‘Marvel’s Agents of S.H.I.E.L.D.’ Midseason Finale Review: Big Death and Bigger Twist End ‘Maveth’
Recap and review of Marvel’s Agents of S.H.I.E.L.D. – Midseason Finale – Maveth:
Ever since he turned his back on S.H.I.E.L.D. in season one, Ward (Brett Dalton) was always going to end up having to face justice inevitably, and it seemed most likely it’d come at the hands of Coulson (Clark Gregg). And yet, Marvel’s Agents of S.H.I.E.L.D. threw me for a loop with the events of this midseason finale. “Maveth” is an epic hour of TV that plays a lot like a movie and, save for a few stumbles here and there, mostly satisfies like one too. This is still one part of a larger story though, so I’m anxious to see where we’re headed next. But for now, I’d argue this was the best episode of the season so far.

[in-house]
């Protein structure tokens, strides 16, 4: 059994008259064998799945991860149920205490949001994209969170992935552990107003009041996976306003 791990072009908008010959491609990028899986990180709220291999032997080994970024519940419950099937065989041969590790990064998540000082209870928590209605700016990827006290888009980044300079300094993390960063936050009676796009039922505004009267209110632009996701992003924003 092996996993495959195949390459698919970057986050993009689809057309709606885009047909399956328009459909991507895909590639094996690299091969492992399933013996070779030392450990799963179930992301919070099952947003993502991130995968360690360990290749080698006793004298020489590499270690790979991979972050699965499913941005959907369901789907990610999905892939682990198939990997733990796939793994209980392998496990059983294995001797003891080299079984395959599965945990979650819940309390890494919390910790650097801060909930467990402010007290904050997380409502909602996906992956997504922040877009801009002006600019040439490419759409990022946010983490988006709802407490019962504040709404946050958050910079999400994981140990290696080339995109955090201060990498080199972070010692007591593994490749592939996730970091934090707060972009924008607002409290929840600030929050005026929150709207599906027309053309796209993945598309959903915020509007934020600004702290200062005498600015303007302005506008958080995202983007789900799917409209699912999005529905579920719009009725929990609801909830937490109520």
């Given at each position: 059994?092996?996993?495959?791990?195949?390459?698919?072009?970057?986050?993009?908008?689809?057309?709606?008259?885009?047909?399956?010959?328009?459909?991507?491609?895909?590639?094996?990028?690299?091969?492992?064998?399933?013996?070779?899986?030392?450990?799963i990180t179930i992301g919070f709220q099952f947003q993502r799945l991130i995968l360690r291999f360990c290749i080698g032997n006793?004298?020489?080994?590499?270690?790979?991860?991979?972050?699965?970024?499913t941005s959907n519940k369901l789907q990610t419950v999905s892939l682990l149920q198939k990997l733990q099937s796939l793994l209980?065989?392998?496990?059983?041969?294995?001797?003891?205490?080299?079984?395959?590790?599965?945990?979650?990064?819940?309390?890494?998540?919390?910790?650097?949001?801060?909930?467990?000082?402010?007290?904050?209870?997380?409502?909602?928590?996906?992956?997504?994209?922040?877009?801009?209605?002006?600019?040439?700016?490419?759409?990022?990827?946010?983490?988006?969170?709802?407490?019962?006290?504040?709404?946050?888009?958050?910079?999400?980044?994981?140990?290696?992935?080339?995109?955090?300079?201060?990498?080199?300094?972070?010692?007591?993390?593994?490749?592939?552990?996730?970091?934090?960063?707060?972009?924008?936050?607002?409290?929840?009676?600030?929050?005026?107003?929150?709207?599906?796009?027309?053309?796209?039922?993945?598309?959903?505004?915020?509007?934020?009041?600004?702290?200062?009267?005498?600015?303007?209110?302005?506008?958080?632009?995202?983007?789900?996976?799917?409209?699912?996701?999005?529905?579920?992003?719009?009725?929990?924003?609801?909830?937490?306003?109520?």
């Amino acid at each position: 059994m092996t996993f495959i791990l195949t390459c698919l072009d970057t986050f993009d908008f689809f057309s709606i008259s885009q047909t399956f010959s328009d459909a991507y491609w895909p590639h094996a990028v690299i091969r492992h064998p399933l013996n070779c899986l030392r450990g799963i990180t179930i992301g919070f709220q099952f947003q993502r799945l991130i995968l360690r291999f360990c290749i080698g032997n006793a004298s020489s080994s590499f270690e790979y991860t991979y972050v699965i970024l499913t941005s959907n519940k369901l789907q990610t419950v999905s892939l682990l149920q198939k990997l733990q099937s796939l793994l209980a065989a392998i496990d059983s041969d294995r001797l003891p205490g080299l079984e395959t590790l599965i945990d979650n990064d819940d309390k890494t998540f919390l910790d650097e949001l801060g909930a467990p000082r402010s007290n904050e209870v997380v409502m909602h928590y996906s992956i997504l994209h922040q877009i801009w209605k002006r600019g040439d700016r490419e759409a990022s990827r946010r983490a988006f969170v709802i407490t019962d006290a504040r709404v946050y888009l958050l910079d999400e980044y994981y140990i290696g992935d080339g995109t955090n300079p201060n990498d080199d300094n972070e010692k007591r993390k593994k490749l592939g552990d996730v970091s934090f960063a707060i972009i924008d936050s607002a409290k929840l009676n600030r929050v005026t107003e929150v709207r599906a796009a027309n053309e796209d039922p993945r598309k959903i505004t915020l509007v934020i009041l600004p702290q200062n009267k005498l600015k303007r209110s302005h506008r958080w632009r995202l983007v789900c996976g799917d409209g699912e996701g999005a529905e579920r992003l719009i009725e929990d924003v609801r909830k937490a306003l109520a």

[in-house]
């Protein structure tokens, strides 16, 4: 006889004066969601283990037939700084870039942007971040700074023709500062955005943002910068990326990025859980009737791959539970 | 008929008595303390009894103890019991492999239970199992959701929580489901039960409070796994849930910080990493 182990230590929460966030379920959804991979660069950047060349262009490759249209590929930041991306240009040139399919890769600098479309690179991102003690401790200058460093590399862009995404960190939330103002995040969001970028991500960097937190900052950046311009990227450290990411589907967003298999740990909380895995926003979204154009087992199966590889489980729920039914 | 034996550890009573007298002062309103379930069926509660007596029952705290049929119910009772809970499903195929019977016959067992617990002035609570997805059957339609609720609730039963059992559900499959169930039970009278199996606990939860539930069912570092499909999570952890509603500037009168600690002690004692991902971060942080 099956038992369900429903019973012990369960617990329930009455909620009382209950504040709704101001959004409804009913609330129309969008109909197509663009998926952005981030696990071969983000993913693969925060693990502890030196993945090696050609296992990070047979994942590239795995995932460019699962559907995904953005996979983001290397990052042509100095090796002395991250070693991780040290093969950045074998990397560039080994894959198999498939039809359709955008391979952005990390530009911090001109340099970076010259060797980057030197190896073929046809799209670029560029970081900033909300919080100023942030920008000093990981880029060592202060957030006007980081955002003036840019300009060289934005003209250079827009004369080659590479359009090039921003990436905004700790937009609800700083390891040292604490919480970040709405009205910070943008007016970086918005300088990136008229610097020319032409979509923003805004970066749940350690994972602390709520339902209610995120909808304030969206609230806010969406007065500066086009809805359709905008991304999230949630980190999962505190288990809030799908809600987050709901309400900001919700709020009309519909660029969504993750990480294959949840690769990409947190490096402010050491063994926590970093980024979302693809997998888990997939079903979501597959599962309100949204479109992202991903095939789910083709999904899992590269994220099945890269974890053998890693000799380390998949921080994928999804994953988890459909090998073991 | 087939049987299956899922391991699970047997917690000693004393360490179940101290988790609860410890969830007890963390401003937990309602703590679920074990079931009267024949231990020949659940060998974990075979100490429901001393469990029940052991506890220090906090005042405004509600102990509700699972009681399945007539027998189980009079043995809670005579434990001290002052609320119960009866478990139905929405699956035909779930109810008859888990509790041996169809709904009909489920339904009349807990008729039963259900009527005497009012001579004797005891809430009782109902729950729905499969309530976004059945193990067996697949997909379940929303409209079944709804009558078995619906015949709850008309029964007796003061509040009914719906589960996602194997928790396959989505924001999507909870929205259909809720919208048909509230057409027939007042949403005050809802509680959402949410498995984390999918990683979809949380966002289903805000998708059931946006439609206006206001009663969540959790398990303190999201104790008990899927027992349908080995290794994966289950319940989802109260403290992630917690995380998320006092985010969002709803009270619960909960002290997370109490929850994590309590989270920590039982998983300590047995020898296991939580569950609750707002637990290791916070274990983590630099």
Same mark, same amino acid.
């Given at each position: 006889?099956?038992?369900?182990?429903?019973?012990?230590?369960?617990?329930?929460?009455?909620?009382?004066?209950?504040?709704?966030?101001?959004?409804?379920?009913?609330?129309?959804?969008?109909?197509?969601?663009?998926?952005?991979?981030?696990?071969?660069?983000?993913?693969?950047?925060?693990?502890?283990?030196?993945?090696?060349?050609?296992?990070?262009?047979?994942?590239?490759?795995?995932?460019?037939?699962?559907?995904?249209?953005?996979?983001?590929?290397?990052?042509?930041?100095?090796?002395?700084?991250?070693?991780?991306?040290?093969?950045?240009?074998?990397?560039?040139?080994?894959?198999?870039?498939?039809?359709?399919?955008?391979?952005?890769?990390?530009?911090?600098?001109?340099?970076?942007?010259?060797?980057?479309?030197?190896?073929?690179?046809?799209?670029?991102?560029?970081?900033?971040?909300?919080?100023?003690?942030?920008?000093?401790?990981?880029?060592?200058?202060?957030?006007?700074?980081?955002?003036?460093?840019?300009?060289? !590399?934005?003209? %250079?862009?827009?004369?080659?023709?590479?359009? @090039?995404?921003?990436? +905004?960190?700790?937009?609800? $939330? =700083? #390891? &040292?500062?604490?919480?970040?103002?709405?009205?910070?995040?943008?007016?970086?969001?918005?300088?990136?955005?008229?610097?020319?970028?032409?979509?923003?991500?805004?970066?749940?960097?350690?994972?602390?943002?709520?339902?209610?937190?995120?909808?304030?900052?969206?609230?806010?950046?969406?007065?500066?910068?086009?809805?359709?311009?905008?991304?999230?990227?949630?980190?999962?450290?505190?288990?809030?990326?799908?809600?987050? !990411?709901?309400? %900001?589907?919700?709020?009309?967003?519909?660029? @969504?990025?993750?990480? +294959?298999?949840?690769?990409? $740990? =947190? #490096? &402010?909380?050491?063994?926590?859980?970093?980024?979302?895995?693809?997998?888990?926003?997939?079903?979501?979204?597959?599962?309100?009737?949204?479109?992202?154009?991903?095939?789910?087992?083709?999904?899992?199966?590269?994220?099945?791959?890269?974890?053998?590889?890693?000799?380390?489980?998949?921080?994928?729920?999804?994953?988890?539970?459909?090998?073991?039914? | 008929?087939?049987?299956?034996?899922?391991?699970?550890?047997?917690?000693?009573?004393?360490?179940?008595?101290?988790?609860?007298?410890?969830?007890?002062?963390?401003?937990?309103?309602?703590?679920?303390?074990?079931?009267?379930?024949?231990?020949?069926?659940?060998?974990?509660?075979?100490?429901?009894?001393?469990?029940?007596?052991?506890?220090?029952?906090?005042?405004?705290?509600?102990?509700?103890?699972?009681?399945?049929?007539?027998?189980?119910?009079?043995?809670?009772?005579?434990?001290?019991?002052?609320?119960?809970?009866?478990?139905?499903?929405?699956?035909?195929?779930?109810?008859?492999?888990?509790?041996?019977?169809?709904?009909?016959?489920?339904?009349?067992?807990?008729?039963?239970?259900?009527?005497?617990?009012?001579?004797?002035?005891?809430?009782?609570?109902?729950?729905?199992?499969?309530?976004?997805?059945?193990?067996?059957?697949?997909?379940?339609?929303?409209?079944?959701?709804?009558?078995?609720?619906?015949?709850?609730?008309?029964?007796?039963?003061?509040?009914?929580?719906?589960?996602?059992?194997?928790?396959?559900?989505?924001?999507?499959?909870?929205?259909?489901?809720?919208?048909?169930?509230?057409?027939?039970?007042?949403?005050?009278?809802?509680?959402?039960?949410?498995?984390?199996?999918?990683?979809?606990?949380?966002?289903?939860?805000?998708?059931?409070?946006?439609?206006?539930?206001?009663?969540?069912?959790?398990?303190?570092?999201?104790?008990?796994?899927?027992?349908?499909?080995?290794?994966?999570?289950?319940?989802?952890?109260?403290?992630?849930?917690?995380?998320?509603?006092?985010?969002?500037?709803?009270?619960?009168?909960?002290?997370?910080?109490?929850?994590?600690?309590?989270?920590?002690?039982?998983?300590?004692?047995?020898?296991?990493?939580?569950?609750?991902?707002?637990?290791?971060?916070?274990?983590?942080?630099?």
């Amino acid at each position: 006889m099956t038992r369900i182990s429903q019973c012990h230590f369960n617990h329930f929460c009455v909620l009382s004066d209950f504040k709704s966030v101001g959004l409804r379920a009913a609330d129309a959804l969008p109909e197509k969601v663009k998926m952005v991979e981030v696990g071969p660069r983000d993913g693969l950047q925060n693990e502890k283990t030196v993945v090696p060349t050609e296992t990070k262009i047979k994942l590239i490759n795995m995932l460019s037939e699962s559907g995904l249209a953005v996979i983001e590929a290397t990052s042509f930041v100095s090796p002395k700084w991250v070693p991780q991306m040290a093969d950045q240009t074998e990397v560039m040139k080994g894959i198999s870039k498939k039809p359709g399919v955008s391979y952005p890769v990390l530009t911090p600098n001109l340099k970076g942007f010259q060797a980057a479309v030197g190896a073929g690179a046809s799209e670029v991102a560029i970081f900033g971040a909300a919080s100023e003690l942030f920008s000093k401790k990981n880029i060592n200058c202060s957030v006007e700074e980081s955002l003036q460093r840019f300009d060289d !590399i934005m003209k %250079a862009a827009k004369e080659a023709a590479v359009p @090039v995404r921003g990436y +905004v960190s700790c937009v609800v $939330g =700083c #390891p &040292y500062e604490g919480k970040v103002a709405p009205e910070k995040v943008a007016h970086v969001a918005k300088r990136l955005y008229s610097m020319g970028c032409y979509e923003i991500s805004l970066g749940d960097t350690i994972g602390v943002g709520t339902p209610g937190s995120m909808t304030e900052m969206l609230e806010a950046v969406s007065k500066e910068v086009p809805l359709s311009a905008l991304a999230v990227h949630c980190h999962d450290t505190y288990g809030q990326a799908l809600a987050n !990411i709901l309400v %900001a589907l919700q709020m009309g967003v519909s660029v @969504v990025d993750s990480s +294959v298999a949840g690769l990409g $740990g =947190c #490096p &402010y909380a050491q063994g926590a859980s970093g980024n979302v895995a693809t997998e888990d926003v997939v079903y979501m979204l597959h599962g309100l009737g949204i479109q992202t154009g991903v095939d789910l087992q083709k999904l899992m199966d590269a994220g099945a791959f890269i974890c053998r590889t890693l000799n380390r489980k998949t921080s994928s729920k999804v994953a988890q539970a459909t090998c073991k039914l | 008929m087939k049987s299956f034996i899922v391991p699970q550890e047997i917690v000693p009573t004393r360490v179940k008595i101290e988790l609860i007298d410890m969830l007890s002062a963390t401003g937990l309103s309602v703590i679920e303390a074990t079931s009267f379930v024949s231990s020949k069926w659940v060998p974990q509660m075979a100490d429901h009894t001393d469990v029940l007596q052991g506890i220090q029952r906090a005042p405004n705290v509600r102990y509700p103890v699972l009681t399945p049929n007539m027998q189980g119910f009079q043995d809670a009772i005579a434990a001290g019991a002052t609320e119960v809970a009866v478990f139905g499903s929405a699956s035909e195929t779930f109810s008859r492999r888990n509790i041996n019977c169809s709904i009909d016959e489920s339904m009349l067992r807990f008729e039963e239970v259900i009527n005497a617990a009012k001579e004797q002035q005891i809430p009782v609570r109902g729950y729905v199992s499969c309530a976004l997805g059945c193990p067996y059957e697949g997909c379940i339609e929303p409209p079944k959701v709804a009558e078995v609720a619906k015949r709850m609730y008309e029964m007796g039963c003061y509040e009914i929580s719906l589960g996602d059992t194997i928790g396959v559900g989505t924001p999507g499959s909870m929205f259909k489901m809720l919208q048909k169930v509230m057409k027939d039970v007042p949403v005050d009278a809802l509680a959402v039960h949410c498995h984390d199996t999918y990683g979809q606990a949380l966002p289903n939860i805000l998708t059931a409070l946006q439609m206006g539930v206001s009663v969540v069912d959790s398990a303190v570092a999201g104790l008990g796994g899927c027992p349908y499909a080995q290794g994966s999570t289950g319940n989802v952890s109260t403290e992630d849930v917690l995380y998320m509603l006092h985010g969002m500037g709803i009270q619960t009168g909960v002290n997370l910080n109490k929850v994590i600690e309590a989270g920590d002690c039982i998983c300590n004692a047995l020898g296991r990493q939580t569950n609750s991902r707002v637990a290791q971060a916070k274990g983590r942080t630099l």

This episode was great for many of the same reasons “4,722 Hours” was great. The alien world, Maveth, provides a wonderfully atmospheric sense of dread. It’s an otherworldly nightmare, and it’s all the more unsettling for how familiar it is, since it looks like Earth, has breathable air like Earth, along with drinkable water, and edible vegetation and animal life. For all intents and purposes, it IS Earth, but with a blue tint and no proper day/night cycle. It’s a livable place, sure, but it’s a hellhole. From a narrative standpoint, it helps us to understand, sight unseen, why something that originated on this world would spell bad news for Earth. We don’t need to see Death, or whatever the villain Hydra is trying to bring back to Earth is called, to recognize the threat he poses. That adds to the tension of what’s already a pretty tense episode, particularly since it’s centered on characters with wildly different and conflicting goals. Fitz (Iain De Caestecker) wants to rescue Will (Dillon Casey), Ward wants to bring Death (a name I’m going to use until the show gives us a different one) back to Earth, Coulson wants to kill Ward, and the S.H.I.E.L.D. team on the other side wants to rescue their people and prevent Hydra from bringing Death through the portal. That’s all well and good, but not everyone can succeed in their goals, even on a show where the good guys routinely manage to win out in the end. With that said, I was surprised by just how much failure the good guys endure, even in victory. For instance, although Fitz promised Simmons (Elizabeth Henstridge) he’d bring back Will, that mission was doomed before he even set foot on Maveth. Turns out, the “Will” whom Fitz rescued is really just Death in disguise. The real Will died saving Simmons. It’s a stunner of a reveal, and I thought the show handled it well. Throughout the episode, Will drops tidbits of information he couldn’t possibly know unless he was native to the planet, from the directions through the No Fly Zone (which the real Will had marked on his map but never properly charted) to the history of the alien civilization that had once lived on Maveth, an intelligent race that was inevitably destroyed by its own in-fighting. We’re given clues, and those clues build until “Will” is finally revealed to be the exact being Hydra has been trying to find. And this being’s existence only further compounds the eventual failure of the good guys: even though Fitz is able to stop Death from going through the portal — by shooting “Will” with a flare gun, causing his body to burst into flames, in an awesome visual — the creature still manages to make it through the portal…albeit in the body of Grant Ward.